Hackers embarrass Apple with massive data leak
HACKERS PUBLISHED a trove of sensitive information about one million Apple devices online, embarrassing the company on the eve of the launch of its new iPhone.
The hacker group AntiSec, an offshoot of the Anonymous and Lulzsec collectives which last year targeted Sony, News International and others in a wave of attacks, said this was just a sample from 12 million records. These, they say, include the full names, addresses and phone numbers of owners of Apple’s iPhones, iPads and iPod touches.
Several security researchers verified the data as genuine, but said they presented little risk to the people involved as long as the other details are not released. Apple did not respond to a request for comment.
The leak is ill-timed for Apple, before a series of key launches. It yesterday announced an event on September 12th in San Francisco, where it is expected to unveil the next version of its iPhone. A new, smaller iPad is also expected soon.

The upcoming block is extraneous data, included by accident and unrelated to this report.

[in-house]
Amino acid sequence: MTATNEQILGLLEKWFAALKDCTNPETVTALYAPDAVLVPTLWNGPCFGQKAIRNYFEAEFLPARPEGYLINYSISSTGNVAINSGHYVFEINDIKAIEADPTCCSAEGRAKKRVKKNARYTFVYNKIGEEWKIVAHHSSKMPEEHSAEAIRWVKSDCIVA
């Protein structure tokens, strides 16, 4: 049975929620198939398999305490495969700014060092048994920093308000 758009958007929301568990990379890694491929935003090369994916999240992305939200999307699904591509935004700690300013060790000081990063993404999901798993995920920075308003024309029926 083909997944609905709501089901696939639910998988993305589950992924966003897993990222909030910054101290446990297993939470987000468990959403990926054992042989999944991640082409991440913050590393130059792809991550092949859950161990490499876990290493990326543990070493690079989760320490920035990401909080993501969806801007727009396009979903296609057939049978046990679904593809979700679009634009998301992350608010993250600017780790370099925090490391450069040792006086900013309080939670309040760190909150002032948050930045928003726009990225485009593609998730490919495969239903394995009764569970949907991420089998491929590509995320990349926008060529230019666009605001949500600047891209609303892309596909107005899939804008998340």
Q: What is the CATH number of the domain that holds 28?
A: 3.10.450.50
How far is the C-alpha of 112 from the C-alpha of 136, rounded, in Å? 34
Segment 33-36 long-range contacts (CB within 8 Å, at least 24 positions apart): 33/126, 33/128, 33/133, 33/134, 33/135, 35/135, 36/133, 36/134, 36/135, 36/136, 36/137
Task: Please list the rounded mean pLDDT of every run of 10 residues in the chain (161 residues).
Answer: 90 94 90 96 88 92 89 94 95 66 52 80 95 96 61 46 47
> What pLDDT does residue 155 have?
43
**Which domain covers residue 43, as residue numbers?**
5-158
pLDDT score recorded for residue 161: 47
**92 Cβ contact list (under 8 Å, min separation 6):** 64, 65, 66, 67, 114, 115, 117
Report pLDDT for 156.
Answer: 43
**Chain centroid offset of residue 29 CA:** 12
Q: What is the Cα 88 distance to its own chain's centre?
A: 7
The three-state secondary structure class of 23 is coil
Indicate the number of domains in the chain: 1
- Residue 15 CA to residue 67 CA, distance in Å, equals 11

The hackers said they had obtained the database of Apple device-identifiers from an FBI agent’s laptop. The FBI, whose international investigation into Anonymous and associates led to several arrests earlier this year, declined to comment. The leaked data centre on Apple’s “unique device identifiers”, which can be used by app developers to send notifications and to track users. Apple is already preparing to phase out UDIDs. Security and privacy campaigners have argued they could be used to hijack associated accounts, such as Facebook or Twitter.
“iPhone and iPad apps gain access to this information so it’s possible it could be coming from an app manufacturer but it would have to be a very popular app,” said Mikko Hypponen, chief research officer at F-Secure, a security firm. “There could be lots of questions about how Apple could do this better but it doesn’t look like it was Apple’s mistake.”
Aldo Cortesi, a New Zealand-based security consultant who has campaigned against UDID use, said in a blogpost that the leak was a “privacy catastrophe”.
In a statement, the hackers said they published the information to raise questions about the FBI’s suspected use of device data. These allegations have not been independently verified. – Copyright The Financial Times Limited 2012